Before Harmony Grove Village's first home was sold in 2016, the area for best known for the Egg Ranch and nearby rock quarry.
The Harmony Grove Village project was started by Standard Pacific Homes, then the project was sold to Cal Atlantic Homes and in 2019 Lennar who completed the project in 2020.
From the San Diego Tribune, September 8, 2012:
The chickens have flown the coop in Harmony Grove. And the coops will be gone soon, too.
Two longtime egg ranches in the center of the rural town tucked west of Escondido closed this month to make way for a planned, 742-home development. At Harmony Egg Ranch on Country Club Drive, crews were busy on Thursday tearing down buildings that once housed 360,000 chickens.
At nearby Ward Egg Ranch on Harmony Grove Road, co-owner Bill Wilgenburg said he was recycling many of his chicken coops before developer Standard Pacific Homes takes over, probably later this month.
“We thank (our customers) for their business and support over the years,” said Wilgenburg at his ranch, which has operated since the 1960s. His ranch once housed up to 150,000 chickens. At one point, it sold eggs to Costco, and until recently, to the general public at its on-site store, Wilgenburg said.
Once the ranches are cleared, Standard Pacific plans to build Harmony Grove Village atop 468 acres where the ranches operated and some surrounding areas. Plans for the development, as approved by the San Diego County Board of Supervisors in February 2007, called for: public trails and a private equestrian facility; a fire station; a sewage treatment plant; space for stores designed to serve the neighborhood; town houses and shopkeeper units in the center of the community; and more spacious estates on its edges.
Wilgenburg said his property has been in escrow for several years. That escrow is expected to close later this month, he added. Ed Demler, one of the owners of Harmony Egg Ranch, did not return a call seeking comment.
Danielle Tocco, spokeswoman for Standard Pacific Homes, said she could not provide any information about the company’s expected construction timeline.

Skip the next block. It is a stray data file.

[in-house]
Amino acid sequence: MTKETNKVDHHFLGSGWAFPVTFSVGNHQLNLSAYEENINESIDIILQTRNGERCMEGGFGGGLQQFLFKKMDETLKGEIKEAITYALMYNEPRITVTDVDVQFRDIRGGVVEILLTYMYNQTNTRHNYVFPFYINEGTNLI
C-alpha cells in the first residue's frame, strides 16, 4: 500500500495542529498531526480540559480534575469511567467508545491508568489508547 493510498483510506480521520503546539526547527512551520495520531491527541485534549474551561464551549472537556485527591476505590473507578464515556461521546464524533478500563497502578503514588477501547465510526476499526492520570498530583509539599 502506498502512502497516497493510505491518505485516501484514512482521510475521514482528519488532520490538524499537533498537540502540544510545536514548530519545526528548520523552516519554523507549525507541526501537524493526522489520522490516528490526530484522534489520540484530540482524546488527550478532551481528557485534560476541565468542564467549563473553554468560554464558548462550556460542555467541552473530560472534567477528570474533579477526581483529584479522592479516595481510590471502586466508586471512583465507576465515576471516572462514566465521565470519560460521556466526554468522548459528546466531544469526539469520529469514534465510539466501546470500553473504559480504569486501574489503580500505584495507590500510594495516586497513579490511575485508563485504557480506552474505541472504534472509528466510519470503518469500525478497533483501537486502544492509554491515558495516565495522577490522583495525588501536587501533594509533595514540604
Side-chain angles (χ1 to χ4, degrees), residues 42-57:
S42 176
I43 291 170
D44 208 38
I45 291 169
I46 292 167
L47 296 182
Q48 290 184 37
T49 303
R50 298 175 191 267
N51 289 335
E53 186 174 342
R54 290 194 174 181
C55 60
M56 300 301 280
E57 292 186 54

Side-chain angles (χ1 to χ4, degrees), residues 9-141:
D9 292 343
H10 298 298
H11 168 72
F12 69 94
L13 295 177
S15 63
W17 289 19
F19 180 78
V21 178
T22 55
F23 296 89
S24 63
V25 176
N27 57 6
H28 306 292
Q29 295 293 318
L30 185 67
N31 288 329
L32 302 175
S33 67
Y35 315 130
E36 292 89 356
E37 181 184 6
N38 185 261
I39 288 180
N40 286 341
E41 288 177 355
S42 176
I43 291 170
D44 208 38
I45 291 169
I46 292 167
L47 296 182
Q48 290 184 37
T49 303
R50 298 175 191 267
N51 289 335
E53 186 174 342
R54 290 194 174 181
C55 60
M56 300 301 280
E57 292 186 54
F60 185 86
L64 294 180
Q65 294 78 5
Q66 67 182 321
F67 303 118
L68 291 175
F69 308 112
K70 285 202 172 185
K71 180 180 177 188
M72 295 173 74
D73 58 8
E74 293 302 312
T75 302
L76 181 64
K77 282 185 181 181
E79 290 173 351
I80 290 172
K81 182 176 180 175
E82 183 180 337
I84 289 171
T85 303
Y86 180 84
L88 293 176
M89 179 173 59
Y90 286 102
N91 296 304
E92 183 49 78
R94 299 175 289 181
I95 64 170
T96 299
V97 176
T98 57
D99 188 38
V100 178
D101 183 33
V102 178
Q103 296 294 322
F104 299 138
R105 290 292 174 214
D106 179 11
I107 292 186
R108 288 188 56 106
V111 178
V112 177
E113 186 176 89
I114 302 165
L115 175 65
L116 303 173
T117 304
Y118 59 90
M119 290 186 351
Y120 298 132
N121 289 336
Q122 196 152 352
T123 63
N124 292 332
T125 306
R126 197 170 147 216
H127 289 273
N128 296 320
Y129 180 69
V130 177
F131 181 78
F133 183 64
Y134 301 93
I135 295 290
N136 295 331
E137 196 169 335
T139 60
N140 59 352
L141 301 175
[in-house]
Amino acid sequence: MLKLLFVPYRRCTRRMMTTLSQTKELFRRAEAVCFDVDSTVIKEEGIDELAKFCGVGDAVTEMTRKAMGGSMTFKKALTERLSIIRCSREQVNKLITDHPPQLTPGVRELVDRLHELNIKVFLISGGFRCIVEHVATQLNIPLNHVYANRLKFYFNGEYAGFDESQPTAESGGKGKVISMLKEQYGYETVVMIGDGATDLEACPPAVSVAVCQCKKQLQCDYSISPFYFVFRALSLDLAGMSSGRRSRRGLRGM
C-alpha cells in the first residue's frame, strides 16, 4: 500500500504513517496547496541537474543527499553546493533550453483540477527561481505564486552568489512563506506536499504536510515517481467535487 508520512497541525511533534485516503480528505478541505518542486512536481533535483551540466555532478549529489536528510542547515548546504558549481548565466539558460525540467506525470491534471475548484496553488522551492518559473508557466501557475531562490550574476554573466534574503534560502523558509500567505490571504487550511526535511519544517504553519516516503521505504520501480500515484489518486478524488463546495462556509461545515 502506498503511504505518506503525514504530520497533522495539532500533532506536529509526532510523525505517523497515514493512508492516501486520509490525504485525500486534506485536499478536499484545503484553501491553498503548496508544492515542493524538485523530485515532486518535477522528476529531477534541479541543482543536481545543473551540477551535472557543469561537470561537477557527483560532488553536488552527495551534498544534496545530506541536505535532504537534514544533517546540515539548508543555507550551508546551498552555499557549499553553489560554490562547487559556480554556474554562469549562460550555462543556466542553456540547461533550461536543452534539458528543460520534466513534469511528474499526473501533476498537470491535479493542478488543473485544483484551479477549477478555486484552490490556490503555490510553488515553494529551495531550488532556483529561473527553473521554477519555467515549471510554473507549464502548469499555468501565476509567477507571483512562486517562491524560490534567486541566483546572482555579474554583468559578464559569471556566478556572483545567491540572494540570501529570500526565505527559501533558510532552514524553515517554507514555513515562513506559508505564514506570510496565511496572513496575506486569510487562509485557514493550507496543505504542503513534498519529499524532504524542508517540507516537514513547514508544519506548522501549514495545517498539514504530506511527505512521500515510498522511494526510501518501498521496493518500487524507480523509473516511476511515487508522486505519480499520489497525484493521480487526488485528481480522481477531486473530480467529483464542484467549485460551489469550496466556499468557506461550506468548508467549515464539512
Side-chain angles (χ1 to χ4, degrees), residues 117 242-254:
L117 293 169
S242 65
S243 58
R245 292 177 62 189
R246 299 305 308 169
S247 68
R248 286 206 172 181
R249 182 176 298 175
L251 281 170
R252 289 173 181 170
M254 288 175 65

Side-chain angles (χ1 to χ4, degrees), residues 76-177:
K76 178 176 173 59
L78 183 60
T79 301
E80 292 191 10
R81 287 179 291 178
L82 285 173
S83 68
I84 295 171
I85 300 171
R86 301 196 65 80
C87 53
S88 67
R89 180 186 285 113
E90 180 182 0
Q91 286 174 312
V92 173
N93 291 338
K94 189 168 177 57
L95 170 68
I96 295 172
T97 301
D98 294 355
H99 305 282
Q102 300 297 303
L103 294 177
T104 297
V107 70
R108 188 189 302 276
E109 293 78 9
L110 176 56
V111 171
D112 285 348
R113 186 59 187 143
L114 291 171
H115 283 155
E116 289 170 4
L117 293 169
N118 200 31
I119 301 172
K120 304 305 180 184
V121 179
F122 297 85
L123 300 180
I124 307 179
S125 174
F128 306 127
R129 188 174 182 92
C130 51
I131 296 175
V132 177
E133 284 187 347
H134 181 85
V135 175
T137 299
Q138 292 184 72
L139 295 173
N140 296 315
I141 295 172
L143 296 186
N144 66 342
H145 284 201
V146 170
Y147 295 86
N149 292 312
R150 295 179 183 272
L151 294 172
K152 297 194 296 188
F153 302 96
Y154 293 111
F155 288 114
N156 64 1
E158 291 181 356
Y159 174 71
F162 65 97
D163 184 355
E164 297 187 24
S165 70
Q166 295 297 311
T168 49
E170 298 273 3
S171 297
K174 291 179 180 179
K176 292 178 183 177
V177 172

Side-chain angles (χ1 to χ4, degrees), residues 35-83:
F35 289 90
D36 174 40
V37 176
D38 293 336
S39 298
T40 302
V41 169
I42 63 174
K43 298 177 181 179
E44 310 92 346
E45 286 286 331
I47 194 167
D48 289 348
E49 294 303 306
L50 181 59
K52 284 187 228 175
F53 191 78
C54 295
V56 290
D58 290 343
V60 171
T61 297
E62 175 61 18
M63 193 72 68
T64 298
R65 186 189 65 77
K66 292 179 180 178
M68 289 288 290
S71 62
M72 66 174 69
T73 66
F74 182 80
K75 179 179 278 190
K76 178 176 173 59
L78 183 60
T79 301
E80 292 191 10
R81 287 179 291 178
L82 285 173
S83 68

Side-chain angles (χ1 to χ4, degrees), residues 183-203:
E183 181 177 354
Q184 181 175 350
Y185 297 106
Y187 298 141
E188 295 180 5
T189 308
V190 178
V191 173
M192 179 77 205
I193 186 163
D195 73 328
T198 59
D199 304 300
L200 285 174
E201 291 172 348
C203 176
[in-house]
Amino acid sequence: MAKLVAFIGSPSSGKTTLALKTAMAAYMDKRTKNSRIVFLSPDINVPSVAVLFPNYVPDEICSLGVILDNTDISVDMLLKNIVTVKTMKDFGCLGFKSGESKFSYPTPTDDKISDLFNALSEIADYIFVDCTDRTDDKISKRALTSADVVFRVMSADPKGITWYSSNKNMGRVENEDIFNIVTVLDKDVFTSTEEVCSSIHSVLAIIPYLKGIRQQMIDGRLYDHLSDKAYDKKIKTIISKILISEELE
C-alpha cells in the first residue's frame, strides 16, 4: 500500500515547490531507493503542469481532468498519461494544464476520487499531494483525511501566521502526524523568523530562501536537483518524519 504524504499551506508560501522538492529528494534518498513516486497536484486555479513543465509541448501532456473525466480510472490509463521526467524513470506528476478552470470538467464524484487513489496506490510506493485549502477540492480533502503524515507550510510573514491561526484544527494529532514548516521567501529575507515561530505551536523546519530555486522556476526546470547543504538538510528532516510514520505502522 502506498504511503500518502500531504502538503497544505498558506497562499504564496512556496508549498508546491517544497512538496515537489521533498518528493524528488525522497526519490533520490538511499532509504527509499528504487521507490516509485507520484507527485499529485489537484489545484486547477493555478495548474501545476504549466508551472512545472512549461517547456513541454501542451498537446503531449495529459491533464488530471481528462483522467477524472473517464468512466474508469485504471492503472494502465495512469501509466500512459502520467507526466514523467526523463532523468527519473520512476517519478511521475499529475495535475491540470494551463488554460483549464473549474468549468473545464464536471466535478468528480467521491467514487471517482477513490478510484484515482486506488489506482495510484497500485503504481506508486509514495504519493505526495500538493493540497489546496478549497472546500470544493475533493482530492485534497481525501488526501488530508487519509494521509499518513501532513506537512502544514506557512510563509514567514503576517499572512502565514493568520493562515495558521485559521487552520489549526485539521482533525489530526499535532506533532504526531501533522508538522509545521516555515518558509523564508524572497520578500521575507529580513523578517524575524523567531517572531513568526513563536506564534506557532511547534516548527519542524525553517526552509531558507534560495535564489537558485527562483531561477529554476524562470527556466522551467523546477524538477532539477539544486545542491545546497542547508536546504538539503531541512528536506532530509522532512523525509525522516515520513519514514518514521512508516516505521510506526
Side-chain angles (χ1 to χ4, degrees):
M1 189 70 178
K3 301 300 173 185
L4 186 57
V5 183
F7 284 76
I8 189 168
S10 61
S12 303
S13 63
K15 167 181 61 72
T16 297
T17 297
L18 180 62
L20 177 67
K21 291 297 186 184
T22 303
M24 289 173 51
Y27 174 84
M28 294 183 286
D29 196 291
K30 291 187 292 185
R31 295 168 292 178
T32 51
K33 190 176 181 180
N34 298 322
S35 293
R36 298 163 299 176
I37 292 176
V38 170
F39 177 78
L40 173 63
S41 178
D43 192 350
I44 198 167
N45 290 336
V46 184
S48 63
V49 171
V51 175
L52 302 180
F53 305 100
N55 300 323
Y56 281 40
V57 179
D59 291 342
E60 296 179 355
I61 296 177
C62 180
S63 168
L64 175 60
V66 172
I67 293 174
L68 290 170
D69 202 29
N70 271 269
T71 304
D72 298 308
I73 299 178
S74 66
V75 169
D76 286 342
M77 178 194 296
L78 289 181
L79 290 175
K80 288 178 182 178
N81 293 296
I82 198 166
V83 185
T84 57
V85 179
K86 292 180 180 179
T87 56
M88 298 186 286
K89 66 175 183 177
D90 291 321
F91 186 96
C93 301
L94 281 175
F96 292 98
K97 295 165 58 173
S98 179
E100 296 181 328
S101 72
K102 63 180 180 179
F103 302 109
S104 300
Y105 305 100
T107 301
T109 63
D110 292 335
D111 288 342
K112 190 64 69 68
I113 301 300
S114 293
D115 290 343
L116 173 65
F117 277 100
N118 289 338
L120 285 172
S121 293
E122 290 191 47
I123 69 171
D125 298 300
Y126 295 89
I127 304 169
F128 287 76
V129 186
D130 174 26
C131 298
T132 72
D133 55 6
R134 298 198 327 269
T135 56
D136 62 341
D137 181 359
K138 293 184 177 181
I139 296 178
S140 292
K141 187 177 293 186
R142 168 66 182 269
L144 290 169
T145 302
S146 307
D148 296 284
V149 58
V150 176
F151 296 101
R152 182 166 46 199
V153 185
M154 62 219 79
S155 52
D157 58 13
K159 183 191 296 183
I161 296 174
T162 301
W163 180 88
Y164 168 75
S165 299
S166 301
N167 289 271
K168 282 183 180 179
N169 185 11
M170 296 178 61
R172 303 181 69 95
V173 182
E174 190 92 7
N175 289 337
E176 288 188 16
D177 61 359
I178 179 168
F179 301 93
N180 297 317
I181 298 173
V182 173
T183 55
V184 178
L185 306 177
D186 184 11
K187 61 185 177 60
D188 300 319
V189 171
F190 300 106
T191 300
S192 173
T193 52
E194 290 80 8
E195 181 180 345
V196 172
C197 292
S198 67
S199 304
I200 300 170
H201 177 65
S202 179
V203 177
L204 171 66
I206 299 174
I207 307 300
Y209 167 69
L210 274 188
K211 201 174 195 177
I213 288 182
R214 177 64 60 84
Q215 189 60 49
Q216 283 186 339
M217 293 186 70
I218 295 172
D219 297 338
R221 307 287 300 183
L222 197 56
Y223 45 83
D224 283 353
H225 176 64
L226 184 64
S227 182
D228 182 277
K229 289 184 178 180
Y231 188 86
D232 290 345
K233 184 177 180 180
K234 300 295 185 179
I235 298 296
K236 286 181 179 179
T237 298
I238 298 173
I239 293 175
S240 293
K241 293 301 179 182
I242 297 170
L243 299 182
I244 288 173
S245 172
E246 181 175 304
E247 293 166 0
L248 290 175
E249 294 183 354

Not all customers were aware of the ranch closures this week. “It used to be full of employees. Now it’s dead,” said Federico Salgado of Escondido, who had hoped to pick up eggs at Ward Egg Ranch Thursday, only to find a “closed” sign and drive away.
The closing of the ranches and coming development marks a transition for rural Harmony Grove. At least one resident active in the town’s planning group said she’s optimistic about plans for Harmony Grove Village.
Mid Hoppenrath of the Elfin Forest Harmony Grove Town Council said the village plans represent a compromise between high-density development and a project more fitting with the town, which is dotted with upscale homes and attractive horse ranches.
“On the surface, (the ranch closures) mean no more odors ---- which makes everyone happy,” Hoppenrath said. "(But) we like it rural. We understand there’s a lot of pressure to develop.”
Rev. Chris Meredith of the Harmony Grove Spiritual Association said the ranch closures are a defining point in the town’s move toward growth.
“My days of walking my dogs down the road in the quiet of the countryside are numbered,” said Meredith who said he’s lived in town 25 years. “We don’t mind progress, but we do lament the loss of land and the urbanization of the countryside because we’ve got very little of that left.”
Lennar's community development map